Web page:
Microsoft has given a little more ground to the open document format push, offering to “take steps” to offer its proprietary file formats as “an international standard”.
Microsoft’s Office Open XML format along with conversion tools for legacy documents could become available as an open standard. The company has been under pressure from Government and large corporates who are becoming increasingly concerned at the proprietary nature of the Microsoft Office file formats to the extent that many have already standardised on Adobe Acrobat, which is perceived as more open.
Notably, the State of Massachusetts recently adopted a policy to move its document production and archival formats to the OASIS OpenDocument format in a move that could freeze Microsoft out of the State’s 70,000 desktops.
Microsoft has said it will offer the formats as a standard to Ecma International, which was formerly known as the European Computer Manufacturers Association.
Microsoft has bought in a number of other industry and user companies in on the submission. Apple, Barclays Capital, BP, the British Library, Essilor, Intel, NextPage, Statoil ASA and Toshiba will co-sponsor the submission and work together as part of an open technical committee. The committee would also be open to other Ecma members.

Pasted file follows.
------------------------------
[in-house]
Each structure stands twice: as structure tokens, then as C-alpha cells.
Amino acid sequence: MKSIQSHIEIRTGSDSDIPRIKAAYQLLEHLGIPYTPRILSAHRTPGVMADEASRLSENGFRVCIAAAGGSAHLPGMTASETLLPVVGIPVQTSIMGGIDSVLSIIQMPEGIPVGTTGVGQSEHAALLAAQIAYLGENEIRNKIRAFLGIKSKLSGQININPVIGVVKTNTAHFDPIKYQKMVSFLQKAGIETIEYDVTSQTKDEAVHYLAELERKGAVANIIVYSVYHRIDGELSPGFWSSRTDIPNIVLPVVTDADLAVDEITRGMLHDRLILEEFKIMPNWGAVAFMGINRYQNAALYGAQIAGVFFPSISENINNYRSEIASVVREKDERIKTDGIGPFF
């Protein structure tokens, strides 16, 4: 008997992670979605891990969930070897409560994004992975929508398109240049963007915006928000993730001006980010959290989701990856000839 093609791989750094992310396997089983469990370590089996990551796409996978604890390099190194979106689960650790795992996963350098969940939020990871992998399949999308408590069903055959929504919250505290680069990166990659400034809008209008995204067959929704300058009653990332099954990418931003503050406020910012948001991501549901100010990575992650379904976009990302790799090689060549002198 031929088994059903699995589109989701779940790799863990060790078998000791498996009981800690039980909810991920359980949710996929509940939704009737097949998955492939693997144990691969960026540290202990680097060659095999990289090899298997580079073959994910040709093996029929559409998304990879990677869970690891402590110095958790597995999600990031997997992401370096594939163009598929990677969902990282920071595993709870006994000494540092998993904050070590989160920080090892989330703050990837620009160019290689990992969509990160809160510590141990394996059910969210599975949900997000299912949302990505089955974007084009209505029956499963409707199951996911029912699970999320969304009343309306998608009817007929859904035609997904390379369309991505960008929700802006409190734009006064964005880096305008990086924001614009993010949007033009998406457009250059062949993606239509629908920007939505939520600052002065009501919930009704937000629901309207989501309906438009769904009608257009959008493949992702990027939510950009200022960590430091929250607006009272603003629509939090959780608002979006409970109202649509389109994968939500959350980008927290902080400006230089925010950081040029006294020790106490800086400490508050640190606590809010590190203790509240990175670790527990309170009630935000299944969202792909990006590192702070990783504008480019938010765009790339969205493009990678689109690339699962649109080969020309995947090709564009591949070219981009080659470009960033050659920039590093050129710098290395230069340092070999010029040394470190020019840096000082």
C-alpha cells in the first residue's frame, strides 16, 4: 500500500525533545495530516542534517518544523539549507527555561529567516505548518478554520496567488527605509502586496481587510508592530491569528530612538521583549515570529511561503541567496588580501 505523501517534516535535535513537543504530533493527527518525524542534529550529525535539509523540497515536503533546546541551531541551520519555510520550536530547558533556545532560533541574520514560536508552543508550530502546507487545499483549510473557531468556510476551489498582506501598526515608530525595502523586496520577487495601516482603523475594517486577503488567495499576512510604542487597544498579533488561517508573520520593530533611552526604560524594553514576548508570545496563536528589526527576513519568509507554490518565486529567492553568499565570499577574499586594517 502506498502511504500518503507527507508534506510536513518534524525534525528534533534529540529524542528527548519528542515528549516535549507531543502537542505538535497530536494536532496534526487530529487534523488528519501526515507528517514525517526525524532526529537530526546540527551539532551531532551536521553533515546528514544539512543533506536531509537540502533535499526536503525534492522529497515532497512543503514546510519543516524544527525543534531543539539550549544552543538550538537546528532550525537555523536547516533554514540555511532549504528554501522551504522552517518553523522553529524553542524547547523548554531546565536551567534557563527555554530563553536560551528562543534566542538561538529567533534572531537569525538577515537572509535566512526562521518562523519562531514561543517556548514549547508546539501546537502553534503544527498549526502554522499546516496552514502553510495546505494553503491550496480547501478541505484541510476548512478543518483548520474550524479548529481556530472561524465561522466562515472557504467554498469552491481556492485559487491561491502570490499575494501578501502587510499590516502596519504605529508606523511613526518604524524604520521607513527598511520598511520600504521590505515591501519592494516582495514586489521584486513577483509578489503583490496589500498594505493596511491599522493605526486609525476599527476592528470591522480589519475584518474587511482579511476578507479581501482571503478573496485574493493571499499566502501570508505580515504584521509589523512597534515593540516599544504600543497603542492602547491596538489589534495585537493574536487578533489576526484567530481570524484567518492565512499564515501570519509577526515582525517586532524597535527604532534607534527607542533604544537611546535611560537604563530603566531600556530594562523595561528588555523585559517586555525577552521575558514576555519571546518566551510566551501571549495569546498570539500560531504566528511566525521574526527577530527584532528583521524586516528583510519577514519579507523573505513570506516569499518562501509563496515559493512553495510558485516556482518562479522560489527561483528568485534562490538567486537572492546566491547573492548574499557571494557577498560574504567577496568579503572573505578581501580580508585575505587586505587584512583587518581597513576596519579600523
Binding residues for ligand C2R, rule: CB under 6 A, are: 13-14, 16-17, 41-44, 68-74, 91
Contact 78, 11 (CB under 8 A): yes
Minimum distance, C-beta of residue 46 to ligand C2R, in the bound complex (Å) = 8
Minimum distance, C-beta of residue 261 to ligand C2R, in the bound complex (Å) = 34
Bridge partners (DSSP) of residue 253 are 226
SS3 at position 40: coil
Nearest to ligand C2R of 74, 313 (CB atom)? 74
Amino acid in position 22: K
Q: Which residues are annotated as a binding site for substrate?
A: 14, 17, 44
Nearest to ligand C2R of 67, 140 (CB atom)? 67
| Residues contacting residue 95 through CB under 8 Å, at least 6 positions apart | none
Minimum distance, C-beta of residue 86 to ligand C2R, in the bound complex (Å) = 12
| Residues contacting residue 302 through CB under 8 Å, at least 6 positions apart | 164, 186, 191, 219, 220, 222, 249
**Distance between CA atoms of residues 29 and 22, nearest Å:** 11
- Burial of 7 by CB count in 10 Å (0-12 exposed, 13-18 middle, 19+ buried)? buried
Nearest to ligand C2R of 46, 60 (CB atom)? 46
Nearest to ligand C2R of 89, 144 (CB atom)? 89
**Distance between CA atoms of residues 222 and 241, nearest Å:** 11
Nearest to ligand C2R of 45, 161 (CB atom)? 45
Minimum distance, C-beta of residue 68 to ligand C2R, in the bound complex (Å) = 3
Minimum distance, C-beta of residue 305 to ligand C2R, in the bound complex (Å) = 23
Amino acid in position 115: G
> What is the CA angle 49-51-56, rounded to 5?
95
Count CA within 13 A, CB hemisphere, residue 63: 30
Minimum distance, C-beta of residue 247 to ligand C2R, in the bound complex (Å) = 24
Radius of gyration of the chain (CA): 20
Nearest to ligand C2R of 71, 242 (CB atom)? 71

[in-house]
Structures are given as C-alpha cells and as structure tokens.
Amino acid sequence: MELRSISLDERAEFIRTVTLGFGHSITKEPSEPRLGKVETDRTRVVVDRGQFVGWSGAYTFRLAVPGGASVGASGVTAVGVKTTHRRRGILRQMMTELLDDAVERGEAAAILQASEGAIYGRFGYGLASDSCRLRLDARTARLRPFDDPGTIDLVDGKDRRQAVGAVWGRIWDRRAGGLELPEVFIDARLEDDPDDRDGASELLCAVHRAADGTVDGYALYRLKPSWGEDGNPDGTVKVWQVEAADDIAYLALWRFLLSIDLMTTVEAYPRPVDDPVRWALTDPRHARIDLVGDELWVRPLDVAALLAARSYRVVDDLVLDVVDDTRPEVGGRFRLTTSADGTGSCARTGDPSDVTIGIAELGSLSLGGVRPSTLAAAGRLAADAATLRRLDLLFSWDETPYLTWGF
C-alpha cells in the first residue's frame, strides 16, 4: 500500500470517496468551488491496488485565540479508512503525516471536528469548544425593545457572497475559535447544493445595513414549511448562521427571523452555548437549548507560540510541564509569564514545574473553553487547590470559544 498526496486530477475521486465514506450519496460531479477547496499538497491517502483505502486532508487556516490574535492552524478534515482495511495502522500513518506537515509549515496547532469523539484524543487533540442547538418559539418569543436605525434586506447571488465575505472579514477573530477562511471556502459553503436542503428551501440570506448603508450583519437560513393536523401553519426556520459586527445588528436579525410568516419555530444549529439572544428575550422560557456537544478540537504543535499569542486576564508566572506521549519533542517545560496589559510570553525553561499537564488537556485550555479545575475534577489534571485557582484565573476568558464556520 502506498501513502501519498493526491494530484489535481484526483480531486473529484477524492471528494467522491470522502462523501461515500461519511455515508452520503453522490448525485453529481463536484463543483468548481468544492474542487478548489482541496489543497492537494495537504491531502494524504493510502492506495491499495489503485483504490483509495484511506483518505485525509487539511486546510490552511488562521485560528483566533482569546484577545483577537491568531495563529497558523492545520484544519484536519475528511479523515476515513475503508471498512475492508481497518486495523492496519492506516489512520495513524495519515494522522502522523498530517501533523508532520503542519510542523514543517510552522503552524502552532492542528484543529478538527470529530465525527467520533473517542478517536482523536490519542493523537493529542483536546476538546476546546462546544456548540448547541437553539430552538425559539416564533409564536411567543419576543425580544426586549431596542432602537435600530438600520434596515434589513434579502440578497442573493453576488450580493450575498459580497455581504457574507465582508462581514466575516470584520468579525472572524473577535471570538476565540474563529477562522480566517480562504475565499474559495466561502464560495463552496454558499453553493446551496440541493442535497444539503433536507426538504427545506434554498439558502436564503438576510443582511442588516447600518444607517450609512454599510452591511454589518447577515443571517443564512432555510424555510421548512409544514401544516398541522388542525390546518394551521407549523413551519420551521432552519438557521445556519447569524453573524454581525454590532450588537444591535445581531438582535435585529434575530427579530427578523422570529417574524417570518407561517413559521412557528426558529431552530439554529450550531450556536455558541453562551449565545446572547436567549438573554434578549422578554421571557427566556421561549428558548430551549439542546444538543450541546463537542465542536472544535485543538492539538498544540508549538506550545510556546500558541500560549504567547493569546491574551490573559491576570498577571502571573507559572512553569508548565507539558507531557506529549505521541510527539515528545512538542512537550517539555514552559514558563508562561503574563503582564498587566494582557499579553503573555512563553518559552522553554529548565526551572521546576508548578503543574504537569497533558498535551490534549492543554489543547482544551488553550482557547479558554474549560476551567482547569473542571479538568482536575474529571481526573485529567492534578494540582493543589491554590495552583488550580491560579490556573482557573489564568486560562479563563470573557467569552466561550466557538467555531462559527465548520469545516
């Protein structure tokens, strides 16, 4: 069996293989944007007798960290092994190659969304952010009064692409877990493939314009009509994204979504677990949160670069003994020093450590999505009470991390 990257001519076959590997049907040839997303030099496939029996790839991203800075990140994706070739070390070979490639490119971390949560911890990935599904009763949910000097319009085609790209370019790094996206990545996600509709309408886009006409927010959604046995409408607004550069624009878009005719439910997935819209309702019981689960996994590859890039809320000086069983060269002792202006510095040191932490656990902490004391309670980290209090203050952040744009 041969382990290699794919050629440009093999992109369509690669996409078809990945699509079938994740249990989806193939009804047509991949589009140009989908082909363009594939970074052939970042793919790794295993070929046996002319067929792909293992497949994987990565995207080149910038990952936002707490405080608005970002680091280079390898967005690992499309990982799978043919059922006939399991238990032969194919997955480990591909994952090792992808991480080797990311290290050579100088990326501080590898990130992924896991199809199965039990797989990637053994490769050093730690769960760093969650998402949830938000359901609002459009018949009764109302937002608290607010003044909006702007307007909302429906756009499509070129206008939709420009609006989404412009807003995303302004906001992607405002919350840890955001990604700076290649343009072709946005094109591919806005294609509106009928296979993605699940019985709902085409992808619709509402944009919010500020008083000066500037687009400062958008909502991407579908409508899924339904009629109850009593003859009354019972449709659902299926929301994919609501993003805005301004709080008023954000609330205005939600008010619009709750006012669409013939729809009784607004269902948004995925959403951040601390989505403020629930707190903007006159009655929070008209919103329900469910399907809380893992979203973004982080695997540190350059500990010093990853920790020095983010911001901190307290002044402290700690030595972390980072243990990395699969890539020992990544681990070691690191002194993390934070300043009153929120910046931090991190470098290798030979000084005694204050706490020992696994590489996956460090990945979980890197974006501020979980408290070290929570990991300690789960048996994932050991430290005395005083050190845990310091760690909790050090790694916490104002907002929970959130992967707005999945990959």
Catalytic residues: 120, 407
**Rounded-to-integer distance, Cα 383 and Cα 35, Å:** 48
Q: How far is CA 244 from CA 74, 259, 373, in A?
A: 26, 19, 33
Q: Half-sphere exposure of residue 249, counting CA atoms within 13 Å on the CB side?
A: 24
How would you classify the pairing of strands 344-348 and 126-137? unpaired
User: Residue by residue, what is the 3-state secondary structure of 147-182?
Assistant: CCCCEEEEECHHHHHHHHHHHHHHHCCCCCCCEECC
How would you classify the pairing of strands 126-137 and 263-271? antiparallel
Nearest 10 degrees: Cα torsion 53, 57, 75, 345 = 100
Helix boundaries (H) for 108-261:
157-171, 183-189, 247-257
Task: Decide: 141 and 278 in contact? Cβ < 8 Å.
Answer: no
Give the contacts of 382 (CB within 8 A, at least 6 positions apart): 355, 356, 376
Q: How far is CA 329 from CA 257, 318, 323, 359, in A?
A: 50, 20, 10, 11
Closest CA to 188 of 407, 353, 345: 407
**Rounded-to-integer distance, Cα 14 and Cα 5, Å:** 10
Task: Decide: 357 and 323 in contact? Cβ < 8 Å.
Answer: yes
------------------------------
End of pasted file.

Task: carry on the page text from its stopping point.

Standardised, documented file formats for Word, Excel and PowerPoint would be implemented in the next generation of Microsoft Office (Office 12) which is scheduled to reach market in late 2006.
The group would then ask Ecma to submit the results of their collaboration to the International Organization for Standardization for approval.
“We are committed to open standards such as XML to provide the highest levels of interoperability between legacy and next-generation software,” said Jean-Philippe Courtois, president of Microsoft International. “The creation of an XML file format standard is a major industry milestone. We hope this will provide both users and organizations with the peace of mind that they will be able to access their past and future documents for generations to come.”
“We are pleased that Microsoft and its partners are making this submission to Ecma International,” said Jan van den Beld, secretary general of Ecma International. “Our members around the globe pride themselves in their ability to drive progress and consensus on important technologies.”